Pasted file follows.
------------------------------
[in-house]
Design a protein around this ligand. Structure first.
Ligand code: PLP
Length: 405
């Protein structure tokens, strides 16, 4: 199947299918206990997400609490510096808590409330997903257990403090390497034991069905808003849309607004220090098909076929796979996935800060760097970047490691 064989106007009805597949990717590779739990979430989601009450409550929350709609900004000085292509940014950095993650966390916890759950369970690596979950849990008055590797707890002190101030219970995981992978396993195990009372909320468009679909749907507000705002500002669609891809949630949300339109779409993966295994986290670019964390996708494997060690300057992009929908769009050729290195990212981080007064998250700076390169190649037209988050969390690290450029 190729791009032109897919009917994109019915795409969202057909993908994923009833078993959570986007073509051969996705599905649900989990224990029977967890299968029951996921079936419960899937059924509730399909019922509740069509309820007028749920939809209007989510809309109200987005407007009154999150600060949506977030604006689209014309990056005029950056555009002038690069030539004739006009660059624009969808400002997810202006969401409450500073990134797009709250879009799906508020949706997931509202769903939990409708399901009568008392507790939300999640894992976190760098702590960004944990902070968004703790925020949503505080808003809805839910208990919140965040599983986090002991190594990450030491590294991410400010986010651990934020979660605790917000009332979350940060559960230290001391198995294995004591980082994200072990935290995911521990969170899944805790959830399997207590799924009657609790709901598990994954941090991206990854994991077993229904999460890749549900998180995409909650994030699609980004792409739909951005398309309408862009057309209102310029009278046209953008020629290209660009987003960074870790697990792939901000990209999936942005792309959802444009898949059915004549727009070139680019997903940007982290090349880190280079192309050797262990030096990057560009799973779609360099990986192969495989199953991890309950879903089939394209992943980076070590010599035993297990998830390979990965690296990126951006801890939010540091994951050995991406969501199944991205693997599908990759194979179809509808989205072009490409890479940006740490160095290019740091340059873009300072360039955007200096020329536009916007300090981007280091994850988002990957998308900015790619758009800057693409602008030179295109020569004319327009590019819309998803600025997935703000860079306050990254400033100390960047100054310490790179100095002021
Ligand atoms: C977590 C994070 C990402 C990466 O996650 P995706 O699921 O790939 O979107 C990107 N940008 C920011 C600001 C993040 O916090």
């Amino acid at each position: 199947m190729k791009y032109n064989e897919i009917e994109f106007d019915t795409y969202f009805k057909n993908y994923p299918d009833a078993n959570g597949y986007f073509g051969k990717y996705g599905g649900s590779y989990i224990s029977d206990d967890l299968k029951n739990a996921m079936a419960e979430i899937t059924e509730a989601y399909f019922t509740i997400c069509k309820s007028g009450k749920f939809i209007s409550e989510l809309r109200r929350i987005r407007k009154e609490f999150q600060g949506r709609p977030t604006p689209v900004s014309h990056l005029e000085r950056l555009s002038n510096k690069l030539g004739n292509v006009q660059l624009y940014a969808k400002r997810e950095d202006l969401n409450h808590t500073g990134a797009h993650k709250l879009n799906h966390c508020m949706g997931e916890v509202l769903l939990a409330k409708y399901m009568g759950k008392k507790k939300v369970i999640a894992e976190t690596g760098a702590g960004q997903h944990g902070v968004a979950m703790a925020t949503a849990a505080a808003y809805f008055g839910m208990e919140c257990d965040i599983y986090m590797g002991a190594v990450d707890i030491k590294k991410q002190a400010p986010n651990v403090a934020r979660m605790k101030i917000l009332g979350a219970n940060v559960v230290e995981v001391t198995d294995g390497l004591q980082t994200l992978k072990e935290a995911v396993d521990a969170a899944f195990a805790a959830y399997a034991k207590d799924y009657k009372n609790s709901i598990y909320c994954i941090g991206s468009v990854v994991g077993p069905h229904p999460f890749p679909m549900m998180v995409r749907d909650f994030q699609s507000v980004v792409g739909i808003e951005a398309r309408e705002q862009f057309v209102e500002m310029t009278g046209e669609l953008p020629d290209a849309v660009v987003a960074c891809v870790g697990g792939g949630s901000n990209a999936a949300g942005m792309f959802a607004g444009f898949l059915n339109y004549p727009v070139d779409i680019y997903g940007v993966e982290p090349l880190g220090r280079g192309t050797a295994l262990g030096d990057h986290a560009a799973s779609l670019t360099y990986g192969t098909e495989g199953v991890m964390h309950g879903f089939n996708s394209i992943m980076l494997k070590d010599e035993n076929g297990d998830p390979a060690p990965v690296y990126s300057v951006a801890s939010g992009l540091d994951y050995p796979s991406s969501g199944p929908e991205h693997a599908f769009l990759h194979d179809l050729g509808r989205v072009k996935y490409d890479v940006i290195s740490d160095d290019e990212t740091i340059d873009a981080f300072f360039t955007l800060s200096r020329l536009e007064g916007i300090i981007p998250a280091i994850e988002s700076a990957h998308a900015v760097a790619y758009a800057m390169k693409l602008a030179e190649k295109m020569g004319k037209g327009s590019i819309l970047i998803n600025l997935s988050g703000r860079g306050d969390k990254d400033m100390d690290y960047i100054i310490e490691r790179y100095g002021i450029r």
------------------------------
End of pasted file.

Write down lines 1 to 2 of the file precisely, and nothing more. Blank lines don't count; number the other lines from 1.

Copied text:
[in-house]
Design a protein around this ligand. Structure first.